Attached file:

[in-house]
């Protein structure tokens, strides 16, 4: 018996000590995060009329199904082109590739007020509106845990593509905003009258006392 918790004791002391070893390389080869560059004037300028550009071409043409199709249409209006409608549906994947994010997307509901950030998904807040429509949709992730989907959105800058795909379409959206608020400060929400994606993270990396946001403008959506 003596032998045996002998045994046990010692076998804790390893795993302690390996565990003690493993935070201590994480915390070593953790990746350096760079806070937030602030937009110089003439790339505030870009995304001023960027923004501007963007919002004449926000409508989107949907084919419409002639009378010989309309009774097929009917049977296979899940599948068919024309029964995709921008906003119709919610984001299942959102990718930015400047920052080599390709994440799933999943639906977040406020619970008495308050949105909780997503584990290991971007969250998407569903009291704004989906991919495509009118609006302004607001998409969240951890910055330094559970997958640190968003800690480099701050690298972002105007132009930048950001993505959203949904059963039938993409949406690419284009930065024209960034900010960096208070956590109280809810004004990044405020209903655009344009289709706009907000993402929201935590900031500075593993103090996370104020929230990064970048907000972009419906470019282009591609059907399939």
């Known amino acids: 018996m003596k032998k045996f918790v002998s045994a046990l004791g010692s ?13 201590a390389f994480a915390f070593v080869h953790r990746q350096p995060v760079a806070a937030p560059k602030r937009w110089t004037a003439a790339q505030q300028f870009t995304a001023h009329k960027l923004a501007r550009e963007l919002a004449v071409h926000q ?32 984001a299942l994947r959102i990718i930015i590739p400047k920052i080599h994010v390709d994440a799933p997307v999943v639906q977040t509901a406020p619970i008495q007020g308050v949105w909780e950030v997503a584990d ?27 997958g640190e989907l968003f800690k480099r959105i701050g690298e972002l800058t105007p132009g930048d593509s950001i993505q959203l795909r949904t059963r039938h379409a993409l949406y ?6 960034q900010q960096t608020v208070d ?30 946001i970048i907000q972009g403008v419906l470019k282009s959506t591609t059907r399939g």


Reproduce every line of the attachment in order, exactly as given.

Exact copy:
[in-house]
């Protein structure tokens, strides 16, 4: 018996000590995060009329199904082109590739007020509106845990593509905003009258006392 918790004791002391070893390389080869560059004037300028550009071409043409199709249409209006409608549906994947994010997307509901950030998904807040429509949709992730989907959105800058795909379409959206608020400060929400994606993270990396946001403008959506 003596032998045996002998045994046990010692076998804790390893795993302690390996565990003690493993935070201590994480915390070593953790990746350096760079806070937030602030937009110089003439790339505030870009995304001023960027923004501007963007919002004449926000409508989107949907084919419409002639009378010989309309009774097929009917049977296979899940599948068919024309029964995709921008906003119709919610984001299942959102990718930015400047920052080599390709994440799933999943639906977040406020619970008495308050949105909780997503584990290991971007969250998407569903009291704004989906991919495509009118609006302004607001998409969240951890910055330094559970997958640190968003800690480099701050690298972002105007132009930048950001993505959203949904059963039938993409949406690419284009930065024209960034900010960096208070956590109280809810004004990044405020209903655009344009289709706009907000993402929201935590900031500075593993103090996370104020929230990064970048907000972009419906470019282009591609059907399939």
């Known amino acids: 018996m003596k032998k045996f918790v002998s045994a046990l004791g010692s ?13 201590a390389f994480a915390f070593v080869h953790r990746q350096p995060v760079a806070a937030p560059k602030r937009w110089t004037a003439a790339q505030q300028f870009t995304a001023h009329k960027l923004a501007r550009e963007l919002a004449v071409h926000q ?32 984001a299942l994947r959102i990718i930015i590739p400047k920052i080599h994010v390709d994440a799933p997307v999943v639906q977040t509901a406020p619970i008495q007020g308050v949105w909780e950030v997503a584990d ?27 997958g640190e989907l968003f800690k480099r959105i701050g690298e972002l800058t105007p132009g930048d593509s950001i993505q959203l795909r949904t059963r039938h379409a993409l949406y ?6 960034q900010q960096t608020v208070d ?30 946001i970048i907000q972009g403008v419906l470019k282009s959506t591609t059907r399939g």